Today I felled a big, dead oak. It was one I had considered dropping last year, but decided was too dangerous. It was still up this year, and must be well-seasoned. I always prefer to cut standing dead wood or at least badly damaged trees, so as to provide warmth for my family in winter without hurting the living forest. But dead wood is dangerous. The loss of the organic process means that there is no longer a living principle that is ordering the tree as a whole, keeping it together and repairing its flaws. The desiccation that follows death means that cells shrink, which produces fissures and weaknesses in the whole. It can splinter, shatter, collapse in unexpected directions. A big oak, even in death, is far stronger and vaster than you.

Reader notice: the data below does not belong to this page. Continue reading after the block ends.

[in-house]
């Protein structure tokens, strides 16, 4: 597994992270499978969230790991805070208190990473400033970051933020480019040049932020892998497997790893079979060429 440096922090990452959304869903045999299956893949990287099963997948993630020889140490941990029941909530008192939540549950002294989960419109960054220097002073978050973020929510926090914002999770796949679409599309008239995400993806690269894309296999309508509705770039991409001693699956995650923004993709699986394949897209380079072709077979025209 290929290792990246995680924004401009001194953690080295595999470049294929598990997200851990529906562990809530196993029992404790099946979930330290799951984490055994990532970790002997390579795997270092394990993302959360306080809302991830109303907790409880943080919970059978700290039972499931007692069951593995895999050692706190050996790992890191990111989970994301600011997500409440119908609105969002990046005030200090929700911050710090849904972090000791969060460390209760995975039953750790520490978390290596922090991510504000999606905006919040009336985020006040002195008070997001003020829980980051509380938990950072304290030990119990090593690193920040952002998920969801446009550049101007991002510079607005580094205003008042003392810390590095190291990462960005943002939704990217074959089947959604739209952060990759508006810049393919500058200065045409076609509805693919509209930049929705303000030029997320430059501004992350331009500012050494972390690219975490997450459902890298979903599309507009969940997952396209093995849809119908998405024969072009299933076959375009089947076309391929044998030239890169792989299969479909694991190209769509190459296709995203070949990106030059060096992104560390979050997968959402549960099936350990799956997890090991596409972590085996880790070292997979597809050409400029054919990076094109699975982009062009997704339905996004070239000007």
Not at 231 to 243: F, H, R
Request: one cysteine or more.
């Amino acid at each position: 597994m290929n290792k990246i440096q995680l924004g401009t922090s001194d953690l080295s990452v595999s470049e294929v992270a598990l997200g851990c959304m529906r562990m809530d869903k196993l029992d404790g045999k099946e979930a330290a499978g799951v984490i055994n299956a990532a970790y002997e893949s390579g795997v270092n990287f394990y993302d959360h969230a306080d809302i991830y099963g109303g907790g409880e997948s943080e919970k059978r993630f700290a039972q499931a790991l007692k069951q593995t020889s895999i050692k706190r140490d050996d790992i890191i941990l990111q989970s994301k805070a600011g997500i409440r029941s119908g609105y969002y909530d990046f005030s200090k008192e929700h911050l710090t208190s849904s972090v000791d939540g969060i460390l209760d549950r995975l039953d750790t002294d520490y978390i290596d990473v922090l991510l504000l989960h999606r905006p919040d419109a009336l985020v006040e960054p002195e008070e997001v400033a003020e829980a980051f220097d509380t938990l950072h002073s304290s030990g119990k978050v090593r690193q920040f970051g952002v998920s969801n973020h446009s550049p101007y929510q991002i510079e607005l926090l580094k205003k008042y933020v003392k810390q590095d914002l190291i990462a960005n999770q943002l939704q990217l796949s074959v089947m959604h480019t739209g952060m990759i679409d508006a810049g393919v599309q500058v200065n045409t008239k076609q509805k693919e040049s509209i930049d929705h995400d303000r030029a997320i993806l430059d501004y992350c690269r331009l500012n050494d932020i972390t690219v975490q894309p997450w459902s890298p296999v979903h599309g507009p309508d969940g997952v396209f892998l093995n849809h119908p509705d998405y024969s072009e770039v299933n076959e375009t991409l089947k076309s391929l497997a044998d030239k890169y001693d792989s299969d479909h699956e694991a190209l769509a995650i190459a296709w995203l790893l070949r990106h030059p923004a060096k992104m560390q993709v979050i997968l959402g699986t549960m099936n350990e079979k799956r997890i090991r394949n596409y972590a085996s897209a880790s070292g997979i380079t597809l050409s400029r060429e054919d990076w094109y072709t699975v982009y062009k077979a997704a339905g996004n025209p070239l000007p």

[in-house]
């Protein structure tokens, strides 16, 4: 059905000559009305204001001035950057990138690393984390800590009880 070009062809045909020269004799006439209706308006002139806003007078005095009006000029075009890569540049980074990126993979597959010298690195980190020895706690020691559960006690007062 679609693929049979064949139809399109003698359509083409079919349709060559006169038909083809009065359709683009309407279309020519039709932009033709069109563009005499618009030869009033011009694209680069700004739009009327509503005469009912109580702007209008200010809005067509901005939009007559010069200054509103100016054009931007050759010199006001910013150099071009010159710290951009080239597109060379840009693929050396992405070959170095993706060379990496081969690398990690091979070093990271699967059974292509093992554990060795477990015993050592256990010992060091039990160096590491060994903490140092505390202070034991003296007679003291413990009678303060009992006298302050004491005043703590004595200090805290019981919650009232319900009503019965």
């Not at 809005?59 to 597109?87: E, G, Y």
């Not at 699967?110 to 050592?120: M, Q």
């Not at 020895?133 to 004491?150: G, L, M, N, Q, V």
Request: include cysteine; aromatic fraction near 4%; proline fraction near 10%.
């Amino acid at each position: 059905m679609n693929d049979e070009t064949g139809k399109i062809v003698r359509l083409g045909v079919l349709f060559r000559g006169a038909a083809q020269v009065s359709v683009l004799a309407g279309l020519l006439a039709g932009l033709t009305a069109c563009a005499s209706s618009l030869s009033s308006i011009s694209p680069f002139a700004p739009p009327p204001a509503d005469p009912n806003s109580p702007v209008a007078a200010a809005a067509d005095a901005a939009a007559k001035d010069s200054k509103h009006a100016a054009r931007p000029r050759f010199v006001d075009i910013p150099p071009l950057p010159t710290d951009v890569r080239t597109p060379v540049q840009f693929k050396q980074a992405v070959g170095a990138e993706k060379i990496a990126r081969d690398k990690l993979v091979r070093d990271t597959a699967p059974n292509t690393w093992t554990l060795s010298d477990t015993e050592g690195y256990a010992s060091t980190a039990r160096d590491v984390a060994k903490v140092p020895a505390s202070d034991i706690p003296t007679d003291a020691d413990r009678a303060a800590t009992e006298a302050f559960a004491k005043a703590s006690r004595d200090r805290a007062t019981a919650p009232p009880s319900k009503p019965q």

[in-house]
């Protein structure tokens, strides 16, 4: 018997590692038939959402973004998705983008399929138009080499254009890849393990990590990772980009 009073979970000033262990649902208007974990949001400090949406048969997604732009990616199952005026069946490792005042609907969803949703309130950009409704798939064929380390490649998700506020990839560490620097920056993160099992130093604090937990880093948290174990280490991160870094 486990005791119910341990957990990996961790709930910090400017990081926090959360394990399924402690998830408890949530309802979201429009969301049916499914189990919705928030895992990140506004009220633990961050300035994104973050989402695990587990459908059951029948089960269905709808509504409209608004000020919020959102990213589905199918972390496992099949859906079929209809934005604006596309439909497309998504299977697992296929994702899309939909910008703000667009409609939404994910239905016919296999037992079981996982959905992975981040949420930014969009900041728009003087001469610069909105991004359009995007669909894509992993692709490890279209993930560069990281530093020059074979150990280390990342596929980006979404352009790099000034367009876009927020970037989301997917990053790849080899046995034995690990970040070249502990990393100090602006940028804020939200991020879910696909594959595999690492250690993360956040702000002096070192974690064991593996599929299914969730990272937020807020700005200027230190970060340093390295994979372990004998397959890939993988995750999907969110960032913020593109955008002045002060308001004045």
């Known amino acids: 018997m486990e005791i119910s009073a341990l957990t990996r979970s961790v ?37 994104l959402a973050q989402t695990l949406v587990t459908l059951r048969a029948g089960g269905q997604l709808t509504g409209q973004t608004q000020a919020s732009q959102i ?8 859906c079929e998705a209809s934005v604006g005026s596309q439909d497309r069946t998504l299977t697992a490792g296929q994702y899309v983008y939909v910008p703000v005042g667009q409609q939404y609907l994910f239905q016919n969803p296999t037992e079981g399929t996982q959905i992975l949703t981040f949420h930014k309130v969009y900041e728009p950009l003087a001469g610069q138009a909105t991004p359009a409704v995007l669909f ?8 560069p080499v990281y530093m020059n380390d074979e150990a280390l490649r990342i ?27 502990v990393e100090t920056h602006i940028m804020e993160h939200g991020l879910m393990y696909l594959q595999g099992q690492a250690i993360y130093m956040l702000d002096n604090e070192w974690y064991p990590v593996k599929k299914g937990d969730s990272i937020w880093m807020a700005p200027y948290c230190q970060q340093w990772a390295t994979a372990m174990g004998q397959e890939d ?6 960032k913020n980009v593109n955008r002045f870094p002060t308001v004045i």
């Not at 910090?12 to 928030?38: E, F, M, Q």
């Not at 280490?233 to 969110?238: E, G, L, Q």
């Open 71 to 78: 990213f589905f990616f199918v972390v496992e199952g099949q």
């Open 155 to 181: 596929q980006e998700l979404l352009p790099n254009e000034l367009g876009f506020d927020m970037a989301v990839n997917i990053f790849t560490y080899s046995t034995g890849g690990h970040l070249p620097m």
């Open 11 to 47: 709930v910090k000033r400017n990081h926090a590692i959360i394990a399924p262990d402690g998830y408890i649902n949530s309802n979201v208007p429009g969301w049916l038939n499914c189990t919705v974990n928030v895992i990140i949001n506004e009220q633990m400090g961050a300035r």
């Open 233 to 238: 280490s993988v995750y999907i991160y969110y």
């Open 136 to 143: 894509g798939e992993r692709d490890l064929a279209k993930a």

I had skill, strength, and a 55-cc chainsaw to serve for an enchanted spear. The oak came down, hard, and I am no worse for wear. I took a moment before I tackled it to prepare my soul as well as I could in case I failed, but in truth all days are like this. Some day the dragon must win.
Today you may have read of a young man killed on the return leg of a charity bicycle trip. I have met, almost, his wife. She was at the Red State Gathering that I attended with Uncle Jimbo, and is a long time friend of his. She came up and talked to him several times while I was with him, but being a bum he never thought to introduce us. Nevertheless, I know from their interactions that she is even now expecting a child with what is now her late husband. For what it is worth, from an almost acquaintance, I extend my deepest condolences to Mary Katharine Ham and her family.
We forget, how readily we forget, the dragon that lurks in wait for us. Memento Mori. Live better in the awareness that you will die.